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Action to end #language #inequality in Europe

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Welsh MEP Jill Evans today presents her draft report on ‘Language equality in the digital age’ to the European Parliament’s Culture and Education Committee.

The report identifies the issues facing minority and lesser-used languages in Europe. English is currently the most widely spoken language online, and many services are unavailable in all languages.

Ms Evans' report considers how new technologies can be used to increase the use of minority languages online, rather than a pose a risk to them.

Ahead of the Culture and Education Committee meeting in Brussels, Plaid Cymru MEP Jill Evans said:

"This report raises awareness of the issues minority languages face in Europe, which is so important for us in Wales. Welsh language education and literature is thriving, and our music scene is stronger than it has been for years. However, in the digital age, languages such as Welsh are struggling in the face of the dominance of English.

 "The problem is that people are spending so much time in an almost entirely English language digital world, so their use of smaller languages is decreasing. New technologies like Siri and Alexa are changing the way we live our lives, but are currently unavailable in minority languages.

 "However, we need to see technology not as a danger, but rather as an opportunity to achieve language equality in Europe.

 "There has already been progress. Working with the Welsh Language Commissioner, Microsoft has developed Welsh interfaces and Facebook has adapted its interface to be inclusive of minority languages, and there are excellent services such as Cysill and Cysair, which have hugely improved Welsh translation services online.

 "Policies should encourage the development of programmes that will help smaller languages achieve the same level of digital support as more widely spoken languages.

 "Europe’s diversity is remarkable. With 80 different languages, we should be using our multilingualism to our advantage, developing policies that will encourage us all to use our own languages, to ensure true linguistic equality in the digital age".

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Parliament president calls for a European Search and Rescue Mission

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European Parliament President David Sassoli (pictured) has opened a high-level interparliamentary conference on managing migration and asylum in Europe. The conference focused particularly on the external aspects of migration. The president said: “We have chosen to discuss today the external dimension of migration and asylum policies because we know that only by tackling the instability, crises, poverty, human rights violations that occur beyond our borders, will we be able to address the root causes that push millions of people to leave. We need to manage this global phenomenon in a human way, to welcome the people that knock on our doors every day with dignity and respect.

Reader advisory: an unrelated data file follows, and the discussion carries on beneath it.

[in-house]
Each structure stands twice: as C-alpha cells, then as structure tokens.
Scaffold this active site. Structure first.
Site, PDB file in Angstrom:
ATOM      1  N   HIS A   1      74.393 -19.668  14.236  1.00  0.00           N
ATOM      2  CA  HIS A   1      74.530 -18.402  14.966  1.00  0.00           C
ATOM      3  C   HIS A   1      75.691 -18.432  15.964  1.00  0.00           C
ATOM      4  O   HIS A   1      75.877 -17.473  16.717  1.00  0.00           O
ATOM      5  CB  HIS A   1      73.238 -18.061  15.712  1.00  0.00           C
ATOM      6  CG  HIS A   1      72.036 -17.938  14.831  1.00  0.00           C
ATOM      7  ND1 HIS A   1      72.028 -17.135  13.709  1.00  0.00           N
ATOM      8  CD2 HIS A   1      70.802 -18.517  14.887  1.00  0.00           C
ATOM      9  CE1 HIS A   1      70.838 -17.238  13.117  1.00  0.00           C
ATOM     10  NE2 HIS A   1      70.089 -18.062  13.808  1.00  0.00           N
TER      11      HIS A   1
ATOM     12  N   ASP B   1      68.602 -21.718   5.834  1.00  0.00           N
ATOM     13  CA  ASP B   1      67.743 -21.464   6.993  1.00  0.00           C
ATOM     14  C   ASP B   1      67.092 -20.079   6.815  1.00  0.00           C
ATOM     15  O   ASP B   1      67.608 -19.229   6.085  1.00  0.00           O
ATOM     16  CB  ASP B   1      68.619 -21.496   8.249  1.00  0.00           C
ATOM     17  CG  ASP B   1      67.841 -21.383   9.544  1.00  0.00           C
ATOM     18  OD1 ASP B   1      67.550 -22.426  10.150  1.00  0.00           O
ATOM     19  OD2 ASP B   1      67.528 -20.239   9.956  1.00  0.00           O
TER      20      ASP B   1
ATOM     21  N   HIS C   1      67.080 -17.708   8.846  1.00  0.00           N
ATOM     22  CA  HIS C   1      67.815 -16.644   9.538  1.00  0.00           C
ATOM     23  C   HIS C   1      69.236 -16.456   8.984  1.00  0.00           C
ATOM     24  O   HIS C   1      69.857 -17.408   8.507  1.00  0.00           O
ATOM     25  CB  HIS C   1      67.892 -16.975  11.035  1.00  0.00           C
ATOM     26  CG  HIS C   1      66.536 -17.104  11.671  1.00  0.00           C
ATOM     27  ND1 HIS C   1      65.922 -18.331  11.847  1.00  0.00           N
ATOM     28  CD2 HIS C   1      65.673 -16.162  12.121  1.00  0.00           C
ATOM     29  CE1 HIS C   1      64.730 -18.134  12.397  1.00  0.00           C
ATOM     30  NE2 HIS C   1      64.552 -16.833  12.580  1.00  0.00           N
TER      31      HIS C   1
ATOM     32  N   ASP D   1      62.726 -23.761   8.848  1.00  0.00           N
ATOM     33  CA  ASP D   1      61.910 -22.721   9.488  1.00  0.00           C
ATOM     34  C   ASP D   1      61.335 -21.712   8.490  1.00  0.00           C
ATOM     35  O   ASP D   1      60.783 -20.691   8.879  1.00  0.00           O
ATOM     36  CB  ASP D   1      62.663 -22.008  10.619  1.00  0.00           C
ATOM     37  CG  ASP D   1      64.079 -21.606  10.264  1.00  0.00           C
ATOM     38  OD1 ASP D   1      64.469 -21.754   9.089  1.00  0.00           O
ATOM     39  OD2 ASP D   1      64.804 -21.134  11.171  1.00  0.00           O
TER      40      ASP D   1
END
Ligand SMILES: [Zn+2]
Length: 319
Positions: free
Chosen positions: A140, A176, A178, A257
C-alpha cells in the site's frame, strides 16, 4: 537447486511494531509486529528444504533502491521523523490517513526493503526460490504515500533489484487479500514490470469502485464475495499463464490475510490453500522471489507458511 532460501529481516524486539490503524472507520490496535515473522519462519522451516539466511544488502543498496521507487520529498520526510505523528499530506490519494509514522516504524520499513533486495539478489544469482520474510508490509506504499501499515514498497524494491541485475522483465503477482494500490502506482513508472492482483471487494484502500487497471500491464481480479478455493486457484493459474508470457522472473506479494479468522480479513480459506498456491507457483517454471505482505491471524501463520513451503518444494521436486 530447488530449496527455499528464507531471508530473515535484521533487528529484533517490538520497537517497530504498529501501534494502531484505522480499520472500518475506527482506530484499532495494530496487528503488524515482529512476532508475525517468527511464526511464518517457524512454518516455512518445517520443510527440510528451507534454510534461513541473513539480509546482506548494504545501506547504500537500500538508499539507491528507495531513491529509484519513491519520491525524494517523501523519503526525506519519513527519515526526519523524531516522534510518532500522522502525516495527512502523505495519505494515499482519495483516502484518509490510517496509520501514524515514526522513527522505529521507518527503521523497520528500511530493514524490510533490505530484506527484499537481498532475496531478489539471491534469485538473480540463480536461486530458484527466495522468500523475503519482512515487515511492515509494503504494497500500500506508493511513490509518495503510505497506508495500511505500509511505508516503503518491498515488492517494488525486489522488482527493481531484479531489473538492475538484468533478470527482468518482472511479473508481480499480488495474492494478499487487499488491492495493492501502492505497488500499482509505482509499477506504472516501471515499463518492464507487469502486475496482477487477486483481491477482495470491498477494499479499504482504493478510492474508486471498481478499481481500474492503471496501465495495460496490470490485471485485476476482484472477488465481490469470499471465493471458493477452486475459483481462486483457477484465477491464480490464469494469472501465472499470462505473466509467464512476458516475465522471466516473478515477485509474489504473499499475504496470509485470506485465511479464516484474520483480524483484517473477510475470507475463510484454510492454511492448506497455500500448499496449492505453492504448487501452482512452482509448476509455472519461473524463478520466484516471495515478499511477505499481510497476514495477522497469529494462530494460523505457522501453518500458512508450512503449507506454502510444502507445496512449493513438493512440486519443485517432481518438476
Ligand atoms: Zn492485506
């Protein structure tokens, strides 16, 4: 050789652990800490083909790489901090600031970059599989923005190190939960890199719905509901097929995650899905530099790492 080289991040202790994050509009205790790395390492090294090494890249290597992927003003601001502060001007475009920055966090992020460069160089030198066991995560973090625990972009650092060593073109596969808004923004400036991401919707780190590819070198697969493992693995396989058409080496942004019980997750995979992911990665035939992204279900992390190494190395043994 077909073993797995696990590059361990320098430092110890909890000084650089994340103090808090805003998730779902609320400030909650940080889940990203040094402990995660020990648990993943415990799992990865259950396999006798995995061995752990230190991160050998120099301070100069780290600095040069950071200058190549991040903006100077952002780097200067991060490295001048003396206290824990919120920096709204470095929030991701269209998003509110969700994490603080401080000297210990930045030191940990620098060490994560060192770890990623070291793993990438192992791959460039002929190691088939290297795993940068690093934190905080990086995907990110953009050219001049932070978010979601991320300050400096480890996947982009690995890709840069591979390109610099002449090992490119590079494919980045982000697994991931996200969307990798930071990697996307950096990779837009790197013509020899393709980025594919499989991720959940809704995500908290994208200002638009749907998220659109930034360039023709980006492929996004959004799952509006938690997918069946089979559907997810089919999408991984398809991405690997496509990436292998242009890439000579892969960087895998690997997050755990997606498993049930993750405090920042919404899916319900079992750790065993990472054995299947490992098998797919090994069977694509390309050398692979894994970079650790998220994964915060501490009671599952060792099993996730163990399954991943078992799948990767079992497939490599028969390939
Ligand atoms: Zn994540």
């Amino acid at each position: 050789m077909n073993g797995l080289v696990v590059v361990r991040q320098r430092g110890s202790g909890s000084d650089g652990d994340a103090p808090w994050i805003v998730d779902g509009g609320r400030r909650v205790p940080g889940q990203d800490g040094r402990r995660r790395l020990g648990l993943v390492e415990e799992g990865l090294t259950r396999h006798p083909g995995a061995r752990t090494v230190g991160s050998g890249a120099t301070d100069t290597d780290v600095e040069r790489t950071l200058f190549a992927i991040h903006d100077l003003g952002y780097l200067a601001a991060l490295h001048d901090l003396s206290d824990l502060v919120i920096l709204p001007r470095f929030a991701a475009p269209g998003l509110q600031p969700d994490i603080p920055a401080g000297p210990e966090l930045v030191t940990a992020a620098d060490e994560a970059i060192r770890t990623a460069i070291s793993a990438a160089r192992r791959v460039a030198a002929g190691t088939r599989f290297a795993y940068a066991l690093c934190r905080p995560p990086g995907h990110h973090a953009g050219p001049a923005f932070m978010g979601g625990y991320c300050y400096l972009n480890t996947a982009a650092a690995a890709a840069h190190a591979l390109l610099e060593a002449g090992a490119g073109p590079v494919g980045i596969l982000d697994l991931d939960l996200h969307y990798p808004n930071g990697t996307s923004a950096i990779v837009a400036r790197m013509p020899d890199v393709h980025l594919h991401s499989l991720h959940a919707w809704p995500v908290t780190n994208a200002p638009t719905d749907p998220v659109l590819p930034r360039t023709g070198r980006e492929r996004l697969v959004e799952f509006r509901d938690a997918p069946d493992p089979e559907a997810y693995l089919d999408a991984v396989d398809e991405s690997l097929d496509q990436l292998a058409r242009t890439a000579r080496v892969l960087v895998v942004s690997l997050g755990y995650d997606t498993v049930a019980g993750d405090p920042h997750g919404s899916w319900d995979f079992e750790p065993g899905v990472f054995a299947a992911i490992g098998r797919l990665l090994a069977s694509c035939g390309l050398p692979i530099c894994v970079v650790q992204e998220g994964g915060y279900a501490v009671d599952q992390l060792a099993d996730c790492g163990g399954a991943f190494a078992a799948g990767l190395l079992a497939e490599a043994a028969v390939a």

“The COVID-19 pandemic is having a profound impact on migration patterns locally and worldwide and has had a multiplier effect on the forced movement of people around the world, especially where access to treatment and healthcare is not guaranteed. The pandemic has disrupted migration pathways, blocked immigration, destroyed jobs and income, reduced remittances, and pushed millions of migrants and vulnerable populations into poverty.
 
“Migration and asylum are already an integral part of the external action of the European Union. But they must become part of a stronger and more cohesive foreign policy  in the future.
 
“I believe it is our duty first of all to save lives. It is no longer acceptable to leave this responsibility only to NGOs, which perform a substitute function in the Mediterranean. We must go back to thinking about joint action by the European Union in the Mediterranean that saves lives and tackles traffickers. We need a European search and rescue mechanism at sea, which uses the expertise of all actors involved, from Member States to civil society to European agencies.
 
“Second, we must ensure that people in need of protection can arrive in the European Union safely and without risking their lives. We need humanitarian channels to be defined together with the United Nations High Commissioner for Refugees. We must work together on a European resettlement system based on common responsibility. We are talking about people who can also make an important contribution to the recovery of our societies affected by the pandemic and demographic decline, thanks to their work and their skills.
 
“We also need to put in place a European migration reception policy. Together we shoulddefine the criteria for a single entry and residence permit, assessing the needs of our labor markets at a national level. During the pandemic, entire economic sectors came to a halt due to the absence of immigrant workers. We need regulated immigration for the recovery of our societies and for the maintenance of our social protection systems.”

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Parliament votes to take Commission to court over inaction on breaches of the rule of law

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Today (10 June), the European Parliament has voted (506 for, 150 against, 28 abstentions) on a resolution paving the way to bring the European Commission to the European Court of Justice for inaction over the rule of law, as called for by the Greens/EFA Group. The EU's Rule of Law Mechanism, which has been in place since 1 January this year, has yet to be triggered by the Commission over breaches of the rule of law that affect the EU's budget. The Parliament voted in March and gave the Commission a deadline of 1 June for the adoption of guidelines and the application of the mechanism. The Commission has missed this deadline and has yet to publish its 'guidelines' on how the mechanism should be triggered.